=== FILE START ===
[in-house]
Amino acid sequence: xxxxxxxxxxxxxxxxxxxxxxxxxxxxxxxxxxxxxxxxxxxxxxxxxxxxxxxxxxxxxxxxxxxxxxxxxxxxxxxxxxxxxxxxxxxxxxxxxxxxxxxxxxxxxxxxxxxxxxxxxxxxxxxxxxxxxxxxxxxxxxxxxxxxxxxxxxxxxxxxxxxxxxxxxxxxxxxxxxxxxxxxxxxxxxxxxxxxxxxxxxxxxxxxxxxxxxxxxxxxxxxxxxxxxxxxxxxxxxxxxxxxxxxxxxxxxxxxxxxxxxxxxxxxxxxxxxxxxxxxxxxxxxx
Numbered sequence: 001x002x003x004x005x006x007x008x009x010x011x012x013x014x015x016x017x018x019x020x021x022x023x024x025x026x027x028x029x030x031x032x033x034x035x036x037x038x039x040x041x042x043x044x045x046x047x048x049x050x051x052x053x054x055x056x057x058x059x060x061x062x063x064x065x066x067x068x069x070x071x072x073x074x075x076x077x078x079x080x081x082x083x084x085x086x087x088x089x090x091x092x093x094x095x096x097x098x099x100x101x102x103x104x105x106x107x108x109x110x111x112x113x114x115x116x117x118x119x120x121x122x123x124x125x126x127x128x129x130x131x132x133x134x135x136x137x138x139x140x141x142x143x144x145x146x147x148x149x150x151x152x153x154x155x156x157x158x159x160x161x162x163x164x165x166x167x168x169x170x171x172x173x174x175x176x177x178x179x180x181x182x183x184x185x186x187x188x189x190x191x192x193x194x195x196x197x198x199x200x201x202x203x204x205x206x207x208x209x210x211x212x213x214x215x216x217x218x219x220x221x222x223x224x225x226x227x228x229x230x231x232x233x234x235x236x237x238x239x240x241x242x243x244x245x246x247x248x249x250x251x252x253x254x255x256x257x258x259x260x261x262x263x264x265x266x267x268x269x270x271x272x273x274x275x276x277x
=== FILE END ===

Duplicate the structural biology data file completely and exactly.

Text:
[in-house]
Amino acid sequence: xxxxxxxxxxxxxxxxxxxxxxxxxxxxxxxxxxxxxxxxxxxxxxxxxxxxxxxxxxxxxxxxxxxxxxxxxxxxxxxxxxxxxxxxxxxxxxxxxxxxxxxxxxxxxxxxxxxxxxxxxxxxxxxxxxxxxxxxxxxxxxxxxxxxxxxxxxxxxxxxxxxxxxxxxxxxxxxxxxxxxxxxxxxxxxxxxxxxxxxxxxxxxxxxxxxxxxxxxxxxxxxxxxxxxxxxxxxxxxxxxxxxxxxxxxxxxxxxxxxxxxxxxxxxxxxxxxxxxxxxxxxxxxx
Numbered sequence: 001x002x003x004x005x006x007x008x009x010x011x012x013x014x015x016x017x018x019x020x021x022x023x024x025x026x027x028x029x030x031x032x033x034x035x036x037x038x039x040x041x042x043x044x045x046x047x048x049x050x051x052x053x054x055x056x057x058x059x060x061x062x063x064x065x066x067x068x069x070x071x072x073x074x075x076x077x078x079x080x081x082x083x084x085x086x087x088x089x090x091x092x093x094x095x096x097x098x099x100x101x102x103x104x105x106x107x108x109x110x111x112x113x114x115x116x117x118x119x120x121x122x123x124x125x126x127x128x129x130x131x132x133x134x135x136x137x138x139x140x141x142x143x144x145x146x147x148x149x150x151x152x153x154x155x156x157x158x159x160x161x162x163x164x165x166x167x168x169x170x171x172x173x174x175x176x177x178x179x180x181x182x183x184x185x186x187x188x189x190x191x192x193x194x195x196x197x198x199x200x201x202x203x204x205x206x207x208x209x210x211x212x213x214x215x216x217x218x219x220x221x222x223x224x225x226x227x228x229x230x231x232x233x234x235x236x237x238x239x240x241x242x243x244x245x246x247x248x249x250x251x252x253x254x255x256x257x258x259x260x261x262x263x264x265x266x267x268x269x270x271x272x273x274x275x276x277x